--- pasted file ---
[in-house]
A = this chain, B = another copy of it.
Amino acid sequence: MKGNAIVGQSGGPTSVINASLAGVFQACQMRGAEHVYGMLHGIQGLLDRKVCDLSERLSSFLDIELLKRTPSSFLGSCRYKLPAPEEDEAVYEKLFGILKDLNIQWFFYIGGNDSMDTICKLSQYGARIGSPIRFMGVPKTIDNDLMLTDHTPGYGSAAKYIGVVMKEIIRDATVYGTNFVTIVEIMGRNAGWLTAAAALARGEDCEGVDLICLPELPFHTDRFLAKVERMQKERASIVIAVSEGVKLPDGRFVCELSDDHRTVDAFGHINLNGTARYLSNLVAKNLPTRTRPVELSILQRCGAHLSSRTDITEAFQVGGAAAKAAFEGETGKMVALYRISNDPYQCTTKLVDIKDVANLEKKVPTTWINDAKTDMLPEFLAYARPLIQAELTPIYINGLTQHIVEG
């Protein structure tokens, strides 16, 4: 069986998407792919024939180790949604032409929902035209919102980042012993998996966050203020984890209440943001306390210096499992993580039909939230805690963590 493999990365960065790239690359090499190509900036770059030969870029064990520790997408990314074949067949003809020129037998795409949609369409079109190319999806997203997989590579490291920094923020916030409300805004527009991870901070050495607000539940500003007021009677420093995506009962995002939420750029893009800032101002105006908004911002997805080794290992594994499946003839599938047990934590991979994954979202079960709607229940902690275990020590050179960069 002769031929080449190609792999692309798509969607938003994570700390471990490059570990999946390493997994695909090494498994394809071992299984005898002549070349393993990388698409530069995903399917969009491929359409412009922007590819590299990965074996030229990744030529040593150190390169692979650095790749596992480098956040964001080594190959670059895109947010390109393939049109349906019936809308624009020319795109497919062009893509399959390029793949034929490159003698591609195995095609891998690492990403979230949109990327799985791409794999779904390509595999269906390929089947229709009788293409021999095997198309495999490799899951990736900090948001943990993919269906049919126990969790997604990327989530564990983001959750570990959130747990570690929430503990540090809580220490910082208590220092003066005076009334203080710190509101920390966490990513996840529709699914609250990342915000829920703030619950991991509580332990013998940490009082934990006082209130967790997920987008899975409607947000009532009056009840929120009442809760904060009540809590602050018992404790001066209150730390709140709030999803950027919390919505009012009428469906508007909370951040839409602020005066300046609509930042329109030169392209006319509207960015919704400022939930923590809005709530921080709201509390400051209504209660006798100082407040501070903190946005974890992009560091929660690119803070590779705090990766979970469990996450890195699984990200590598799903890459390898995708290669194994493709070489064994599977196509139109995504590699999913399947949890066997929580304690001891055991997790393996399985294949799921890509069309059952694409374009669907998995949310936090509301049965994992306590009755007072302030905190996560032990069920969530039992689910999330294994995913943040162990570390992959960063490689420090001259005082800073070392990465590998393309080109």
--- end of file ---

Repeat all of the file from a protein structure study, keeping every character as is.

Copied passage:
[in-house]
A = this chain, B = another copy of it.
Amino acid sequence: MKGNAIVGQSGGPTSVINASLAGVFQACQMRGAEHVYGMLHGIQGLLDRKVCDLSERLSSFLDIELLKRTPSSFLGSCRYKLPAPEEDEAVYEKLFGILKDLNIQWFFYIGGNDSMDTICKLSQYGARIGSPIRFMGVPKTIDNDLMLTDHTPGYGSAAKYIGVVMKEIIRDATVYGTNFVTIVEIMGRNAGWLTAAAALARGEDCEGVDLICLPELPFHTDRFLAKVERMQKERASIVIAVSEGVKLPDGRFVCELSDDHRTVDAFGHINLNGTARYLSNLVAKNLPTRTRPVELSILQRCGAHLSSRTDITEAFQVGGAAAKAAFEGETGKMVALYRISNDPYQCTTKLVDIKDVANLEKKVPTTWINDAKTDMLPEFLAYARPLIQAELTPIYINGLTQHIVEG
């Protein structure tokens, strides 16, 4: 069986998407792919024939180790949604032409929902035209919102980042012993998996966050203020984890209440943001306390210096499992993580039909939230805690963590 493999990365960065790239690359090499190509900036770059030969870029064990520790997408990314074949067949003809020129037998795409949609369409079109190319999806997203997989590579490291920094923020916030409300805004527009991870901070050495607000539940500003007021009677420093995506009962995002939420750029893009800032101002105006908004911002997805080794290992594994499946003839599938047990934590991979994954979202079960709607229940902690275990020590050179960069 002769031929080449190609792999692309798509969607938003994570700390471990490059570990999946390493997994695909090494498994394809071992299984005898002549070349393993990388698409530069995903399917969009491929359409412009922007590819590299990965074996030229990744030529040593150190390169692979650095790749596992480098956040964001080594190959670059895109947010390109393939049109349906019936809308624009020319795109497919062009893509399959390029793949034929490159003698591609195995095609891998690492990403979230949109990327799985791409794999779904390509595999269906390929089947229709009788293409021999095997198309495999490799899951990736900090948001943990993919269906049919126990969790997604990327989530564990983001959750570990959130747990570690929430503990540090809580220490910082208590220092003066005076009334203080710190509101920390966490990513996840529709699914609250990342915000829920703030619950991991509580332990013998940490009082934990006082209130967790997920987008899975409607947000009532009056009840929120009442809760904060009540809590602050018992404790001066209150730390709140709030999803950027919390919505009012009428469906508007909370951040839409602020005066300046609509930042329109030169392209006319509207960015919704400022939930923590809005709530921080709201509390400051209504209660006798100082407040501070903190946005974890992009560091929660690119803070590779705090990766979970469990996450890195699984990200590598799903890459390898995708290669194994493709070489064994599977196509139109995504590699999913399947949890066997929580304690001891055991997790393996399985294949799921890509069309059952694409374009669907998995949310936090509301049965994992306590009755007072302030905190996560032990069920969530039992689910999330294994995913943040162990570390992959960063490689420090001259005082800073070392990465590998393309080109």